Opiates are often legally prescribed to patients for the treatment of moderate to severe pain. When used according to the guidance of a qualified healthcare professional, opiates can have enormous benefits in helping patients cope with pain. However, opiates can be highly addictive and habit-forming, making them the most popular drugs for abuse in the United States. Even when legally prescribed, these drugs can be abused by taking them in larger doses or more frequently than recommended by the doctor or pharmacist. These drugs can induce euphoric or calming effects, and overtime a drug tolerance can form. This means that more of the substance is required in order to achieve the same effect. Once a person becomes dependent on opiates, the severe withdrawal symptoms can make it extremely difficult to stop, and may even require medical intervention. Due to their highly addictive nature, dangerous side effects, and harsh withdrawal symptoms, almost all opiates are classified as controlled substances under the Drug Enforcement Administration’s Controlled Substances Act.
Commonly Abused Opiates
Morphine is a natural substance that comes from the opium poppy plant, and heroin is actually synthesized from morphine. It is often used for patients suffering from chronic pain or illness, such as cancer, or to reduce pain after surgery. However, morphine has a high potential for abuse and can be habit-forming, resulting in a drug tolerance that can lead to fatality.
Codeine is an opiate used to treat pain, often in the form of a tablet, capsule, or liquid solution. Since this medication has a high risk for abuse and can be habit-forming, some people start taking this medication as a treatment for pain and then build a tolerance that leads to addiction. Withdrawal symptoms from this substance can be severe.
Hydrocodone, also commonly known by the brand name Vicodin, can be an effective prescription painkiller. Despite its classification as a controlled substance, however, hydrocodone may also be abused for its ability to produce a heroin-like high.
Oxycodone is commonly prescribed to relieve pain, but is also widely abused and dangerously addictive. Like all opiates, the misuse of oxycodone can be especially dangerous in work environments, particularly those that involve driving or operating heavy machinery.
Fentanyl is about 50 to 100 times the strength of morphine, making it a useful drug to treat extreme pain that is often associated with cancer. On the streets, heroin or cocaine is sometimes laced with fentanyl in order to increase the euphoric effects, making these drugs sometimes fatal for those who unknowingly use it. Even as one of the most common drugs involved in overdose deaths, fentanyl abuse is still on the rise.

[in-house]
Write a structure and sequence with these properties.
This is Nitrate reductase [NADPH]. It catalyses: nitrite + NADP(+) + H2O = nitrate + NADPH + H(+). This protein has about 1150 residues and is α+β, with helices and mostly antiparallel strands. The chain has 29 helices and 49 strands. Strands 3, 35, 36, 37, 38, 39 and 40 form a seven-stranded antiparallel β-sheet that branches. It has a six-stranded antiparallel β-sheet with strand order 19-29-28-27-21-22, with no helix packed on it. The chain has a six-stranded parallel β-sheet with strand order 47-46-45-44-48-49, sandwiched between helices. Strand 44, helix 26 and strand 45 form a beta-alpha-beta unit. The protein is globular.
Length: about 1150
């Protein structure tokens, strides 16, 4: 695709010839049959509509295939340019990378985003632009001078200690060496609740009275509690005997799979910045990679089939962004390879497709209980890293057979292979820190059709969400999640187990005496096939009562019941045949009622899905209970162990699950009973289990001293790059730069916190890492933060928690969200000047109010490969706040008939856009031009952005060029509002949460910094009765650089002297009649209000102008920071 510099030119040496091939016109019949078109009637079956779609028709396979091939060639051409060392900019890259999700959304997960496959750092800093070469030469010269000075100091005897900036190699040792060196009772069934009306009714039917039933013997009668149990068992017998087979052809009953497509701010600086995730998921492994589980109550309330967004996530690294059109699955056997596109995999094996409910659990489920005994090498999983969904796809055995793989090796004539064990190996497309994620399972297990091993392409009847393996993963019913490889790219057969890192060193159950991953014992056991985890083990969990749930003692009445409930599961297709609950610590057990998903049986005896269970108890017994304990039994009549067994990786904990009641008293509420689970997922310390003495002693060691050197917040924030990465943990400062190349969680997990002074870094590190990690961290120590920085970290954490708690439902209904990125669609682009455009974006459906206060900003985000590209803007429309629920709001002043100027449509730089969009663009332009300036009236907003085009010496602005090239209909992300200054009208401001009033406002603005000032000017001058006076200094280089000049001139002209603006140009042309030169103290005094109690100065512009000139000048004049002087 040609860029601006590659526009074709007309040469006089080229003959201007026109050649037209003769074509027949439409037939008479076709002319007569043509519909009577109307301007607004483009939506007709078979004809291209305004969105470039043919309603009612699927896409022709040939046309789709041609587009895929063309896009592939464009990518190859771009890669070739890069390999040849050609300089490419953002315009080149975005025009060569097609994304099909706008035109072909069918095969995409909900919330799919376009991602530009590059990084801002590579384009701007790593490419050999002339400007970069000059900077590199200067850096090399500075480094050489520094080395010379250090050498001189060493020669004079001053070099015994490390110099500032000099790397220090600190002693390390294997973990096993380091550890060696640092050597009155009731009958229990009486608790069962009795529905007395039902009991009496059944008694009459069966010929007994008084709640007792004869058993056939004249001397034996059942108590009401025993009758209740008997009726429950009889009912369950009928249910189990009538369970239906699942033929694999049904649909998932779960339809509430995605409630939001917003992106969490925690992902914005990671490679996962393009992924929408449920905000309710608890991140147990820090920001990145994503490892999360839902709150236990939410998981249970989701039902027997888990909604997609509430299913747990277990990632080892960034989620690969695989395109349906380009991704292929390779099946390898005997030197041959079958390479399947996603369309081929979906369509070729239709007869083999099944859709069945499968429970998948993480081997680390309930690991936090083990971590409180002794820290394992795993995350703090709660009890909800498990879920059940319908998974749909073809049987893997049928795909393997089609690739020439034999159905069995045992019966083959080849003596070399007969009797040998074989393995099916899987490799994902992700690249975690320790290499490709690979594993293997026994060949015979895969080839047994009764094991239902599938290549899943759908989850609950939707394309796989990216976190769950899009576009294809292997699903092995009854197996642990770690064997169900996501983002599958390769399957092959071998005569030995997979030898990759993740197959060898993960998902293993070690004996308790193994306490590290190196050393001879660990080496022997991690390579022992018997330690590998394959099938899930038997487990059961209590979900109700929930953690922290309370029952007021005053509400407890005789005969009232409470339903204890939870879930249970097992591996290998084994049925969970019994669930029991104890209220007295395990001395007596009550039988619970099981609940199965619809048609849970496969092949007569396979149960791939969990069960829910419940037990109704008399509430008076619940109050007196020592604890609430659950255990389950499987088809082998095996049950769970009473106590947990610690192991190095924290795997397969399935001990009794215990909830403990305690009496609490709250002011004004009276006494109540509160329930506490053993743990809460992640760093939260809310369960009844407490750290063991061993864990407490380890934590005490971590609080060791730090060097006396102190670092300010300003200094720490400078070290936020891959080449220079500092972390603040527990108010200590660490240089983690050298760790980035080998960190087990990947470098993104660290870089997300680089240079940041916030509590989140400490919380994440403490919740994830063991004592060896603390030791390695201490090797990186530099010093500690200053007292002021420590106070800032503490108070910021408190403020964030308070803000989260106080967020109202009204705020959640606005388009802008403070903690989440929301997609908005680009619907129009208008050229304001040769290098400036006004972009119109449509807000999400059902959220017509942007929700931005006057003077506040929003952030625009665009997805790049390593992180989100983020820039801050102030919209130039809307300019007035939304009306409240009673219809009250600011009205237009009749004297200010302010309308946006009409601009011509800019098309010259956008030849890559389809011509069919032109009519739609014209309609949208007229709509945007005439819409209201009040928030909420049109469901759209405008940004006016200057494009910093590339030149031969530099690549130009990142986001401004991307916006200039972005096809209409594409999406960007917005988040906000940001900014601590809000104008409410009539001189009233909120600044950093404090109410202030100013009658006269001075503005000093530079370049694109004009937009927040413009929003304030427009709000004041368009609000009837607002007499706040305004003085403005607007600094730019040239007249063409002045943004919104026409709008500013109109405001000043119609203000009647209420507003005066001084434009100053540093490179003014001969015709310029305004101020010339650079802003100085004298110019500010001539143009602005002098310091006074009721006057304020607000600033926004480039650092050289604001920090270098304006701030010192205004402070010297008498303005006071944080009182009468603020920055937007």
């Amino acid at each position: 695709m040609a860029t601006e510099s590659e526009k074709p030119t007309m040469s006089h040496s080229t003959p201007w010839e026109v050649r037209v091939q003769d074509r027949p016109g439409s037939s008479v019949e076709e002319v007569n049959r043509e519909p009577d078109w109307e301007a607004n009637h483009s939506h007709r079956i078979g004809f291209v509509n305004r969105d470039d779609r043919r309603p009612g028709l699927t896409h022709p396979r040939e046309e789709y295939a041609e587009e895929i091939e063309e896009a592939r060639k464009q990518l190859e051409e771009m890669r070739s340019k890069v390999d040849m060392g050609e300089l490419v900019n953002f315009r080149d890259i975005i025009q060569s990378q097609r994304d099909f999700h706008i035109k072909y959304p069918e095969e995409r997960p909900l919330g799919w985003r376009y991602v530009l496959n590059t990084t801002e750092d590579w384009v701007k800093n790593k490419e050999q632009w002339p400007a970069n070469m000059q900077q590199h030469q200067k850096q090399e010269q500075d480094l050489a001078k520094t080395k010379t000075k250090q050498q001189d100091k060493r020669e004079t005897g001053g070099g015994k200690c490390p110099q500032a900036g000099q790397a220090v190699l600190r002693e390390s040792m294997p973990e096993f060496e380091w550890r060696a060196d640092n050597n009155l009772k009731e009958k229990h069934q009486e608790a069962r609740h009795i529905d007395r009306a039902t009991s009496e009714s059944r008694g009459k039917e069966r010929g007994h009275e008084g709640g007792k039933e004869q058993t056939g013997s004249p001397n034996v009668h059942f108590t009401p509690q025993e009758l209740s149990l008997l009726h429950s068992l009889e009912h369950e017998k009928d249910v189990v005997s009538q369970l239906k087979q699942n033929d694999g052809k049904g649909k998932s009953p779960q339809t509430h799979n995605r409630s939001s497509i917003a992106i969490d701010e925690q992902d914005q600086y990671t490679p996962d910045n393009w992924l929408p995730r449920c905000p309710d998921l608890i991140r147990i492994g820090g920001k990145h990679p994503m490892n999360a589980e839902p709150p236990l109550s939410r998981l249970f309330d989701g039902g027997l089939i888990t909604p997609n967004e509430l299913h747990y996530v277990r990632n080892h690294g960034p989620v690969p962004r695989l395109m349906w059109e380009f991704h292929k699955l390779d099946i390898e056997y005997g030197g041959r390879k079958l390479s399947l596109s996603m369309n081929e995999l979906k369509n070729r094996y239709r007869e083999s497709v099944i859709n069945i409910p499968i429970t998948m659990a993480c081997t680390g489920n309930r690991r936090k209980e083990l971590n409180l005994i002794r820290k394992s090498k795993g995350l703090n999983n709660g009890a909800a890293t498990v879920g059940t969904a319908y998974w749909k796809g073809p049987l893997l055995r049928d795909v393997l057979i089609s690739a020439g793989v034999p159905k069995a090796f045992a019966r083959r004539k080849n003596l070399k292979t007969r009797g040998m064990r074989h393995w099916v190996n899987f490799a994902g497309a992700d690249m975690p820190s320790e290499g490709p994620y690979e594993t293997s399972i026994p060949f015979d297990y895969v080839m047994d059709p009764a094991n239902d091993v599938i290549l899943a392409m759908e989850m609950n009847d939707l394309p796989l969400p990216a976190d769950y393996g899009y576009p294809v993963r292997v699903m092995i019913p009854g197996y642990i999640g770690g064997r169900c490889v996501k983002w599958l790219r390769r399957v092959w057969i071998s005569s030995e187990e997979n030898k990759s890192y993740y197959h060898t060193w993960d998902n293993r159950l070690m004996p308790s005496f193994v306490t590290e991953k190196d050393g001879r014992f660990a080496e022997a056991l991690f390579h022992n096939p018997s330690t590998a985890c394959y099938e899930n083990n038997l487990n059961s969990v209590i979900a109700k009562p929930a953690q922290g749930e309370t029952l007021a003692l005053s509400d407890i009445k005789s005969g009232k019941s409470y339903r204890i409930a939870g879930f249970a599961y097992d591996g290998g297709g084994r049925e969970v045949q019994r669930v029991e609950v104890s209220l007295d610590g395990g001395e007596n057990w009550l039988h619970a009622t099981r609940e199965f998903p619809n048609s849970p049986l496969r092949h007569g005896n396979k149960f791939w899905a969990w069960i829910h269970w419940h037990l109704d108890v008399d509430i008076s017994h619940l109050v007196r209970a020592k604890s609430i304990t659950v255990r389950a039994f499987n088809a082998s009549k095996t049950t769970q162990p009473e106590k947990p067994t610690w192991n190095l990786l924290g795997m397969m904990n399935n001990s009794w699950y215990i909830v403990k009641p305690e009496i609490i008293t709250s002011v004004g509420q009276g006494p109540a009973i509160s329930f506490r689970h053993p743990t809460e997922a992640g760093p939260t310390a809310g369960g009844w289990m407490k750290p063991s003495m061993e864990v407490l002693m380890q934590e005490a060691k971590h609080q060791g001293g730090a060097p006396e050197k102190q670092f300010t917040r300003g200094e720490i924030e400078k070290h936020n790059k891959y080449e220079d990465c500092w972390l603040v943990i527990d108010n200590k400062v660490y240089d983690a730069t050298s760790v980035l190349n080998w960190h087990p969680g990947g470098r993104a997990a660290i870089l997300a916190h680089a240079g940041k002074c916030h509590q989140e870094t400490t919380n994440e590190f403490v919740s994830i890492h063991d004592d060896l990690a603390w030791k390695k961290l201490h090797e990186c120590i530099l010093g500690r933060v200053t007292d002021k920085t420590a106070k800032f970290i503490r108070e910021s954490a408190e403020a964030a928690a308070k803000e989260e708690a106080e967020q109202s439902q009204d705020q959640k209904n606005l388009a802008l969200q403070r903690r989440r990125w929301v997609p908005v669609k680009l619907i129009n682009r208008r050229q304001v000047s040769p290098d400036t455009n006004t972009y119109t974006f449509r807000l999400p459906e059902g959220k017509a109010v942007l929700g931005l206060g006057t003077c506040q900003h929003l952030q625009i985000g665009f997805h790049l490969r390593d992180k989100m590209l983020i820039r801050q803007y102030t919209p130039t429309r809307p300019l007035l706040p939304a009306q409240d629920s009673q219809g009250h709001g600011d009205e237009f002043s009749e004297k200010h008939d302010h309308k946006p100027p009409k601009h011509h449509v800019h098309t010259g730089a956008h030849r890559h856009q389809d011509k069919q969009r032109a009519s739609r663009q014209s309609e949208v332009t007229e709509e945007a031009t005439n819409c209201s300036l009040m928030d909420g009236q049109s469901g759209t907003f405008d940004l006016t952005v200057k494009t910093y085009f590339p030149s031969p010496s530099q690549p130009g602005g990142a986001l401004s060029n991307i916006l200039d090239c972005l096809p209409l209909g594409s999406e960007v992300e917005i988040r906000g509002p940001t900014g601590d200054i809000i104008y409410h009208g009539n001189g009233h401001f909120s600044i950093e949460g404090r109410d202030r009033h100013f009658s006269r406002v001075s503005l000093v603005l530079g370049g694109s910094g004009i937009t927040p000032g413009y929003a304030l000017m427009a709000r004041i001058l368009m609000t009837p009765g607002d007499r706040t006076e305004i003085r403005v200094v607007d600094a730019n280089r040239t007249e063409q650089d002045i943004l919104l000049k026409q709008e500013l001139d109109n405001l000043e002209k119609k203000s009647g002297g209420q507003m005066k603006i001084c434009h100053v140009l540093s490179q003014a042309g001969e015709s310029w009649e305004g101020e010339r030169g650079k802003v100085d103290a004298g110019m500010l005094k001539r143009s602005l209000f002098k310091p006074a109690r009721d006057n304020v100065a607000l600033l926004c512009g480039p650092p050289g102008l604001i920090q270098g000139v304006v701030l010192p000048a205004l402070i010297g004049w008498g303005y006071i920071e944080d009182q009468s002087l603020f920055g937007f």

Meperidine, better known by the brand name of Demerol, is another opiate intended for the treatment of moderate to severe pain. However, this drug is also abused by people thirsting for the euphoric high that can be brought about by its abuse.
Tramadol has some legal use as a prescription painkiller, but is also becoming more commonly abused. Since the high that tramadol produces when abused can feel calmer than many similar drugs, people can be tricked into believing this opiate is a safe recreational drug. Nevertheless, tramadol abuse can lead to countless severe side effects.
Buprenorphine, also commonly known by the brand name Suboxone, is a prescription medication intended for the treatment of opioid addiction. This drug is less frequently abused due to its lack of euphoric effects, but it is still abused in order to prevent withdrawal symptoms in between use of other opioids.
Butorphanol was originally only available as an injection to treat pain, but abuse of this drug increased when the nasal spray became available in 1992. Using too much butorphanol or using it in combination with other drugs can result in severe, life-threatening side effects.
Sufentanil is a Schedule II substance that is about 5 to 10 times more potent than fentanyl. It is restricted to use only inside of supervised healthcare facilities, and is not approved for prescription use at home. Nonetheless, some people still find a way to abuse this substance, which can expose them to some dangerous consequences.
Nalbuphine is rarely prescribed, and is only available by injection in the United States. With such limited legal use, it is also not widely available on the streets. When abused, however, nalbuphine can create some dangerous side effects.
Pentazocine, commonly known by the brand name Talwin, is a drug used for pain relief that is sometimes abused in combination with other drugs. Severe side effects may occur, especially if combined with benzodiazepines or alcohol.